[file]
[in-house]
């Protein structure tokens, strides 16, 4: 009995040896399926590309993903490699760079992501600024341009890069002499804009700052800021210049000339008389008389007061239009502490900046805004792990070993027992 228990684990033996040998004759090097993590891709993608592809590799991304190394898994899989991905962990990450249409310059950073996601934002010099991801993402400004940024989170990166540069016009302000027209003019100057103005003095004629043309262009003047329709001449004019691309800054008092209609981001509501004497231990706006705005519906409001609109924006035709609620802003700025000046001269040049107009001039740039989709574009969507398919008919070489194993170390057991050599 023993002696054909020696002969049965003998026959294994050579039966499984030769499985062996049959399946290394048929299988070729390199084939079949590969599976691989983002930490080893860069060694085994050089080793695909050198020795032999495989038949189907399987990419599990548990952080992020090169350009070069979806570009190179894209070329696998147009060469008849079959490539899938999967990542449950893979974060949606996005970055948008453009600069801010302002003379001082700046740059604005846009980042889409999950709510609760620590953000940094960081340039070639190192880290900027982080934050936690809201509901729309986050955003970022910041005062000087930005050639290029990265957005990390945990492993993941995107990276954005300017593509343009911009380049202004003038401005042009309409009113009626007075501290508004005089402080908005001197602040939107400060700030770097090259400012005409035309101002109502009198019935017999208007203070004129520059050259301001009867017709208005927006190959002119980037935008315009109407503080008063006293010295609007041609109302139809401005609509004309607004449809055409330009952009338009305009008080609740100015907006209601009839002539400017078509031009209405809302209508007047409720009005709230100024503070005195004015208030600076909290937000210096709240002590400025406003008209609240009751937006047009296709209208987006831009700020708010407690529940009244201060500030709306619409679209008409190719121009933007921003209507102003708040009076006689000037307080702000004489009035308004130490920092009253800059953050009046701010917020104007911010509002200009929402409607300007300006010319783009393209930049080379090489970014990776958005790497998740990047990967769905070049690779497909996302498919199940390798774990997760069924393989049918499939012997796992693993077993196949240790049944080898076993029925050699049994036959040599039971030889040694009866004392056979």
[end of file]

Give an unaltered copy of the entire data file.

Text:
[in-house]
């Protein structure tokens, strides 16, 4: 009995040896399926590309993903490699760079992501600024341009890069002499804009700052800021210049000339008389008389007061239009502490900046805004792990070993027992 228990684990033996040998004759090097993590891709993608592809590799991304190394898994899989991905962990990450249409310059950073996601934002010099991801993402400004940024989170990166540069016009302000027209003019100057103005003095004629043309262009003047329709001449004019691309800054008092209609981001509501004497231990706006705005519906409001609109924006035709609620802003700025000046001269040049107009001039740039989709574009969507398919008919070489194993170390057991050599 023993002696054909020696002969049965003998026959294994050579039966499984030769499985062996049959399946290394048929299988070729390199084939079949590969599976691989983002930490080893860069060694085994050089080793695909050198020795032999495989038949189907399987990419599990548990952080992020090169350009070069979806570009190179894209070329696998147009060469008849079959490539899938999967990542449950893979974060949606996005970055948008453009600069801010302002003379001082700046740059604005846009980042889409999950709510609760620590953000940094960081340039070639190192880290900027982080934050936690809201509901729309986050955003970022910041005062000087930005050639290029990265957005990390945990492993993941995107990276954005300017593509343009911009380049202004003038401005042009309409009113009626007075501290508004005089402080908005001197602040939107400060700030770097090259400012005409035309101002109502009198019935017999208007203070004129520059050259301001009867017709208005927006190959002119980037935008315009109407503080008063006293010295609007041609109302139809401005609509004309607004449809055409330009952009338009305009008080609740100015907006209601009839002539400017078509031009209405809302209508007047409720009005709230100024503070005195004015208030600076909290937000210096709240002590400025406003008209609240009751937006047009296709209208987006831009700020708010407690529940009244201060500030709306619409679209008409190719121009933007921003209507102003708040009076006689000037307080702000004489009035308004130490920092009253800059953050009046701010917020104007911010509002200009929402409607300007300006010319783009393209930049080379090489970014990776958005790497998740990047990967769905070049690779497909996302498919199940390798774990997760069924393989049918499939012997796992693993077993196949240790049944080898076993029925050699049994036959040599039971030889040694009866004392056979």